Cryptocurrencies have been gaining momentum in the last few years as an alternative means of currency. However due to the means by which cryptocurrencies exist, they are susceptible to abuse and have been many time en-counting.
Many news posts and articles lately involve the same old story of hackers gaining control of computers and demand a ransom in cryptocurrencies using ransomware, or hackers have stolen online crypto wallets, or really anything you could probably come up with. It seems like hackers and crypto have been a match made in heaven, and sadly a certain perturbed man would probably agree.
Carlos Tapang of Washington state blames T-mobile for it’s lack of responsibility when his account was hacked and his cryptocoins stolen. The hackers had hacked Carlos’ phone and then altered the password on a crypto account and transfered his coin into the BitCoin and cashed out, netting a probable $20,000. After the hackers had hacked the phone, they also cancelled his number and transferred to AT&T in which T-mobile was not able to recover for over a day.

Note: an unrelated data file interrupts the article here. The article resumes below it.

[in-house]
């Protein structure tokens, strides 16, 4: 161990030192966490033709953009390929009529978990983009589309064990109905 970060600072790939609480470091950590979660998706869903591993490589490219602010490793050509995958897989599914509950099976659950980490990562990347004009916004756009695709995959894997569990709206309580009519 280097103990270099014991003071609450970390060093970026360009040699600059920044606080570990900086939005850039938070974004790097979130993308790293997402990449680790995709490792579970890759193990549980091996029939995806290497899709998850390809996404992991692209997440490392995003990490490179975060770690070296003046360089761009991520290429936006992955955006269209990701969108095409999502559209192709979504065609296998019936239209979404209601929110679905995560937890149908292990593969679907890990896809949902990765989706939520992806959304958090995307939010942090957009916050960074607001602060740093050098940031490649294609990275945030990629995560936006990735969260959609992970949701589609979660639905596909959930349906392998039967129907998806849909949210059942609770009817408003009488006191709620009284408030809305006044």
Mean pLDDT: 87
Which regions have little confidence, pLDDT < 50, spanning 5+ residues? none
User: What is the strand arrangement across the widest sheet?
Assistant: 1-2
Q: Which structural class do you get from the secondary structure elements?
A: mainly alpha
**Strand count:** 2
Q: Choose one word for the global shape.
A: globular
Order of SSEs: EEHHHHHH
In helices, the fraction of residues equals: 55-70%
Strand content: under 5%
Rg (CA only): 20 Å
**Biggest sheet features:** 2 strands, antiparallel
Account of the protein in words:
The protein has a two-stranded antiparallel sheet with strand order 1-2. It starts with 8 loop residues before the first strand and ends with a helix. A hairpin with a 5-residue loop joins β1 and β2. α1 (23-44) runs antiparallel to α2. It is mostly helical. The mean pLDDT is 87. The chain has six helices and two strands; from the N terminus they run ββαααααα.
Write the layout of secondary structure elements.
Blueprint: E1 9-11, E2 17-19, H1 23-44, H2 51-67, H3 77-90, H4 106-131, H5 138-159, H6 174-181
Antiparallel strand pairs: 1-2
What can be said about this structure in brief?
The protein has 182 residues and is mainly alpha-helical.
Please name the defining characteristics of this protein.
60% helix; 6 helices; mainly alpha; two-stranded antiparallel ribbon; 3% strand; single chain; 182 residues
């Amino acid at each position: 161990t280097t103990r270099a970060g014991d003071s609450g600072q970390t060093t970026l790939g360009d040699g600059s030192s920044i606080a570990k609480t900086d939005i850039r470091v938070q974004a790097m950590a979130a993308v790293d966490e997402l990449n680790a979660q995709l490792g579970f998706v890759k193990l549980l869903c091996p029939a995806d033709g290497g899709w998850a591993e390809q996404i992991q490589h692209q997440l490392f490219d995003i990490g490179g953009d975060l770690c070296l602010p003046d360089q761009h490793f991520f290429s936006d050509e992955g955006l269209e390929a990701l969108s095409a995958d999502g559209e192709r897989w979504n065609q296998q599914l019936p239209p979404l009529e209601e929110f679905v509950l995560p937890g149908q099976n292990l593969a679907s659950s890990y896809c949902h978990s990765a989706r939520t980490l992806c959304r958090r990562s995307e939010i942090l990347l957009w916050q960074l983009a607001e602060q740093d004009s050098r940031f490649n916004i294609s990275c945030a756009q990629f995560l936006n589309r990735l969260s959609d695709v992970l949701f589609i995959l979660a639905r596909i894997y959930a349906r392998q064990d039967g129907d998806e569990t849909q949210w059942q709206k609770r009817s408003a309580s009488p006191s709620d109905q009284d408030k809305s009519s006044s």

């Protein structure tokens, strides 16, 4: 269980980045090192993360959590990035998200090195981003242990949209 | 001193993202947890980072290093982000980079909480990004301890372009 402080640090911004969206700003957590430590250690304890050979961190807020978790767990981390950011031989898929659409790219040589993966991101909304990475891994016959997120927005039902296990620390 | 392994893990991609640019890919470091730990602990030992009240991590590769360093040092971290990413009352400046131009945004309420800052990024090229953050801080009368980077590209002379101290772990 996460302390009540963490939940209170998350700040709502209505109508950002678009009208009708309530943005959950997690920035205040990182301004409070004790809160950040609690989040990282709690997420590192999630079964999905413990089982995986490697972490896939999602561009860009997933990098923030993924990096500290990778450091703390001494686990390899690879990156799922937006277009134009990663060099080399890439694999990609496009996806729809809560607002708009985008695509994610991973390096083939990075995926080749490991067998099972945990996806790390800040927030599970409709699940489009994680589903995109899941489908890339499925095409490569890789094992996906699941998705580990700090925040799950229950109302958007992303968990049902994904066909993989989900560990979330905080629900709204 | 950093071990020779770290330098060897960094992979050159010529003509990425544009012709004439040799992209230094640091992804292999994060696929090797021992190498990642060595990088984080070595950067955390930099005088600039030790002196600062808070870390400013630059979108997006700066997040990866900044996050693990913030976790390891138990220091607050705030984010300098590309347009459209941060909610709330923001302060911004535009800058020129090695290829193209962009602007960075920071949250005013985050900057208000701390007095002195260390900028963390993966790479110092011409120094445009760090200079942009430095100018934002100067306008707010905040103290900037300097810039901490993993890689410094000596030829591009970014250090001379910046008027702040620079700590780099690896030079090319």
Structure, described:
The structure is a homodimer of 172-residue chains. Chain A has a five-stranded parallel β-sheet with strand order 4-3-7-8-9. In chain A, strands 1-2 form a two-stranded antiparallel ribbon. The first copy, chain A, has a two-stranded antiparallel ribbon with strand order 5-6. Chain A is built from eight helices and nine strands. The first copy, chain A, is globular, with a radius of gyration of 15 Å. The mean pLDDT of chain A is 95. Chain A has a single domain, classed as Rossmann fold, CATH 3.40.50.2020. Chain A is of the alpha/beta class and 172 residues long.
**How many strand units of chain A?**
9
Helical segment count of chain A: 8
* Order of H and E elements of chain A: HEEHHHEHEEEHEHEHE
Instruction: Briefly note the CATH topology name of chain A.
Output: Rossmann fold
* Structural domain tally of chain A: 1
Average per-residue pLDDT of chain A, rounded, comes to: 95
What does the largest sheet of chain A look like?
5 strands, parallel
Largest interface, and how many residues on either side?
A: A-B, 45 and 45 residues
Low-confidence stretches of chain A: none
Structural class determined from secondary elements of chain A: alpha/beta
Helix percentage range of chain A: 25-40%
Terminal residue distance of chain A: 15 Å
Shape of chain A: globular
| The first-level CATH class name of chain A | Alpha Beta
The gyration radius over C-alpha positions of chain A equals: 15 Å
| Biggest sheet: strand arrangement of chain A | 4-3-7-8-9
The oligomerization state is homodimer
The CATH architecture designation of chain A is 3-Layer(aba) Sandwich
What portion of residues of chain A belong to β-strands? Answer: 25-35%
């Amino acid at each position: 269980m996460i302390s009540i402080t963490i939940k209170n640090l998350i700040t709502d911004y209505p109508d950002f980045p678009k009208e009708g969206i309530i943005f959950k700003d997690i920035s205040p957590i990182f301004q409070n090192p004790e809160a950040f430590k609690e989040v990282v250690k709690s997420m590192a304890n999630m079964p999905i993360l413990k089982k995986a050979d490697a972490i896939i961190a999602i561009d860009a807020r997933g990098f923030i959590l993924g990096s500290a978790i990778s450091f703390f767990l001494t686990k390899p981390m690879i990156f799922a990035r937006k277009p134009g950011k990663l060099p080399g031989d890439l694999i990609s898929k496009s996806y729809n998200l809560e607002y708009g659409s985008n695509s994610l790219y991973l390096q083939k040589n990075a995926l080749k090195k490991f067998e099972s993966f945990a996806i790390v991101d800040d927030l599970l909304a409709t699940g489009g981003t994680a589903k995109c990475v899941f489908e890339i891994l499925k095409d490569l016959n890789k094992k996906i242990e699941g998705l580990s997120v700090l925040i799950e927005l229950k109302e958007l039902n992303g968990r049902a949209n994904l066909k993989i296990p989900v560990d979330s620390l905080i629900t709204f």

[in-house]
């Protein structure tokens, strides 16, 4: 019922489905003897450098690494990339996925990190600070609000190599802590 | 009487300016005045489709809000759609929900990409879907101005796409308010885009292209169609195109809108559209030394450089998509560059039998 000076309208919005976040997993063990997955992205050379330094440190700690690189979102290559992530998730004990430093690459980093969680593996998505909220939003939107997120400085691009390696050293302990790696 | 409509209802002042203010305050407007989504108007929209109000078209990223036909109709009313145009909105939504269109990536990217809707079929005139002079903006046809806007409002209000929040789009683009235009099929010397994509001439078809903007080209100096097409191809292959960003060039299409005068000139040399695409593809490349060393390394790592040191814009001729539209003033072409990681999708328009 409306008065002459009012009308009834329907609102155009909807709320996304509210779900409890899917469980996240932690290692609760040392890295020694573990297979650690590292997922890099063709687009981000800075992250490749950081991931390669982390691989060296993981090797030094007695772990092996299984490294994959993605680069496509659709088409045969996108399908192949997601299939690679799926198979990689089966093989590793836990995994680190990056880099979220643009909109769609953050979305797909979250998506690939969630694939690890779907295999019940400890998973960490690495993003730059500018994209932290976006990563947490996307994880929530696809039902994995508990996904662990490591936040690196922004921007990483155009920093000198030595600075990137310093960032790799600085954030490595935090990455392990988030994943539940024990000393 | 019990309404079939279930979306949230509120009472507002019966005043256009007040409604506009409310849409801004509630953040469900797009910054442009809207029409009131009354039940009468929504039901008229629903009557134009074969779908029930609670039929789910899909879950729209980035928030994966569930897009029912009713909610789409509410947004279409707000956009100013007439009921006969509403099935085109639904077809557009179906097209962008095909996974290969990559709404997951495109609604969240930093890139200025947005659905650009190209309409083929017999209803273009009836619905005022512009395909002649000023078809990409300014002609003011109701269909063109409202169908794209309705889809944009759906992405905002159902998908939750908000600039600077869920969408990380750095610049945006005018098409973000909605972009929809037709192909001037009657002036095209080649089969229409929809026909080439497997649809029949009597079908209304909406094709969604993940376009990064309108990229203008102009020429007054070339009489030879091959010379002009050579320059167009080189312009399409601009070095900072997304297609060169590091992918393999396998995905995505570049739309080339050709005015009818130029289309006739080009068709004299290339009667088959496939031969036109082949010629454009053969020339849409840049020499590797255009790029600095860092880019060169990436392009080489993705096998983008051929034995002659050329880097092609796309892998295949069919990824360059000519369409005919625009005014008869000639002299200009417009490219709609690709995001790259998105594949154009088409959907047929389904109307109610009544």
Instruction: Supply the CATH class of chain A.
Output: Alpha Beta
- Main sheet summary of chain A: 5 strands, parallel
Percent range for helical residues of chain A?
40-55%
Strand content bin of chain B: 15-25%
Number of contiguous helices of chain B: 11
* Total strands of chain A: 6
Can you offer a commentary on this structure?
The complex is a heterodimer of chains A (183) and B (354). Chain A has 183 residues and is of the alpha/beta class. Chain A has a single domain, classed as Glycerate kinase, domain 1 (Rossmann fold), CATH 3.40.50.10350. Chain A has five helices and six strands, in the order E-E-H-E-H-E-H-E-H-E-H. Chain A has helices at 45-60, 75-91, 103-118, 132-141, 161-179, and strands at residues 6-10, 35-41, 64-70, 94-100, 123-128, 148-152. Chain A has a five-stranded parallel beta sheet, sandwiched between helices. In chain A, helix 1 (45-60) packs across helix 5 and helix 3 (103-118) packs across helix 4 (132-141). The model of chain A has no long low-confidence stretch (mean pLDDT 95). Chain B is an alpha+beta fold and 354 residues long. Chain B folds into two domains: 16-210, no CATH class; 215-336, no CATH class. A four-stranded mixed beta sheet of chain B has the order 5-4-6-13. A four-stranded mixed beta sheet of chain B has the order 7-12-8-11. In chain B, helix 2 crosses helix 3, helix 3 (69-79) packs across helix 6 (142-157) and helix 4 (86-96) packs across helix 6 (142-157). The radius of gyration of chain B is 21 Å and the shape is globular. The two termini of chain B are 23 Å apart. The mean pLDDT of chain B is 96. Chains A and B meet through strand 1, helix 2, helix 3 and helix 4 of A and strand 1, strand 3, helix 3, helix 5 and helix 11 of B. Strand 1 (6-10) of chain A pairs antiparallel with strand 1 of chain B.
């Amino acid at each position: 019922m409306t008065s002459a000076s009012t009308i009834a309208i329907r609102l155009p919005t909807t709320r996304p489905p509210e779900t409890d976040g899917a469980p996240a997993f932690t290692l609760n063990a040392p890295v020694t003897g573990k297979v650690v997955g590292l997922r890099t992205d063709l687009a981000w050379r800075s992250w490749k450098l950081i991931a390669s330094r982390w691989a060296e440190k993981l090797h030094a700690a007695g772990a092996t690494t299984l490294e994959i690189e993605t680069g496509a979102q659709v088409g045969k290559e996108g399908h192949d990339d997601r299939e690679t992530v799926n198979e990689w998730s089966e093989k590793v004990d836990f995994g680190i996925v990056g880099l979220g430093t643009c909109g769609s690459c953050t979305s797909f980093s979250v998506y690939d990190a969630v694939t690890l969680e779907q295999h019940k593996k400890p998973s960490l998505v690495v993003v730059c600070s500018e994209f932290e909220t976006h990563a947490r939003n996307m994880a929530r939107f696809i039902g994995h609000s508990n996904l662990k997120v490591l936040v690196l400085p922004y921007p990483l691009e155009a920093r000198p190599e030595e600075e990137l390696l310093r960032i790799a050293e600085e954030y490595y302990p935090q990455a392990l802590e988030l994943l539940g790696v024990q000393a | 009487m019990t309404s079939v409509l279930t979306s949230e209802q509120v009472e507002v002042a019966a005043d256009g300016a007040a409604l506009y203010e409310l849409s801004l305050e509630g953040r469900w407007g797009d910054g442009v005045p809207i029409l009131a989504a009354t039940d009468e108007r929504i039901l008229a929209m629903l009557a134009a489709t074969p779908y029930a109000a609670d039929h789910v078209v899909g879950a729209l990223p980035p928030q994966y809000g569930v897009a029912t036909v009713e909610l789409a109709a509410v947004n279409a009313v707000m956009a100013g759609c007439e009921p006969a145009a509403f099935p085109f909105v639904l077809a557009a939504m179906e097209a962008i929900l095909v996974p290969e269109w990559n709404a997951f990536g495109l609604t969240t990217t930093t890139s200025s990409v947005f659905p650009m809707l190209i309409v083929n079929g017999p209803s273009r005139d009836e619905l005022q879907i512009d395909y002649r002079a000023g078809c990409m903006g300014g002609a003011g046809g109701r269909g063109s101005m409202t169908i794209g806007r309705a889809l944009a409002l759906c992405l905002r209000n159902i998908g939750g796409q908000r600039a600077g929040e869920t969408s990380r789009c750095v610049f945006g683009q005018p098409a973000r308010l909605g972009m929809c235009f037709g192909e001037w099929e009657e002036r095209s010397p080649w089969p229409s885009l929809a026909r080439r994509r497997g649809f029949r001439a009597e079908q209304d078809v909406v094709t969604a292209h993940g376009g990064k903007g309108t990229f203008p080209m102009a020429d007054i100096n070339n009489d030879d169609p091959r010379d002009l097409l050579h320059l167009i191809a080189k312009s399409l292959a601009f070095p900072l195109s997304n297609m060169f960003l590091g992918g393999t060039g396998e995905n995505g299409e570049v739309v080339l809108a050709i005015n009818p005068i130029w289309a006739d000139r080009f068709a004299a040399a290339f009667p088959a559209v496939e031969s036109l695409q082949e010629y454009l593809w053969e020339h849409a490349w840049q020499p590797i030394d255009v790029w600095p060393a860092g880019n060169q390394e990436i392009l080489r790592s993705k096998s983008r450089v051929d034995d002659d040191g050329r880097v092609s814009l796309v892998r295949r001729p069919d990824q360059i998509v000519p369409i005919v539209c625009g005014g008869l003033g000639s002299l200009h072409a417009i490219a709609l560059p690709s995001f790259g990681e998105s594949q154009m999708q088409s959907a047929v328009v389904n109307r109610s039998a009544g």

The suit points the finger to T-mobile for being at fault because apparently T-mobile had stated they would be adding PIN codes to Tapang’s account but they never did. Not only that, but Carlos states that through multiple attempts hackers can gain access to accounts through calling T-mobile’s support line and that his leaves him still vulnerable, as well as many others. To support his claims, Carlos had brought statements of anonymous users online about similar breaches they had occur with their T-mobile accounts.
Carlos is suing under the allegations that the event has caused “emotional distress” and a lot of “time, energy and expense”, so he is seeking damages and injunctive relief, which may result in additive security measures by T-mobile.
Crypto in all forms is a risky endeavor, and hackers are always on the watch for a new trick to play and coin to pull.
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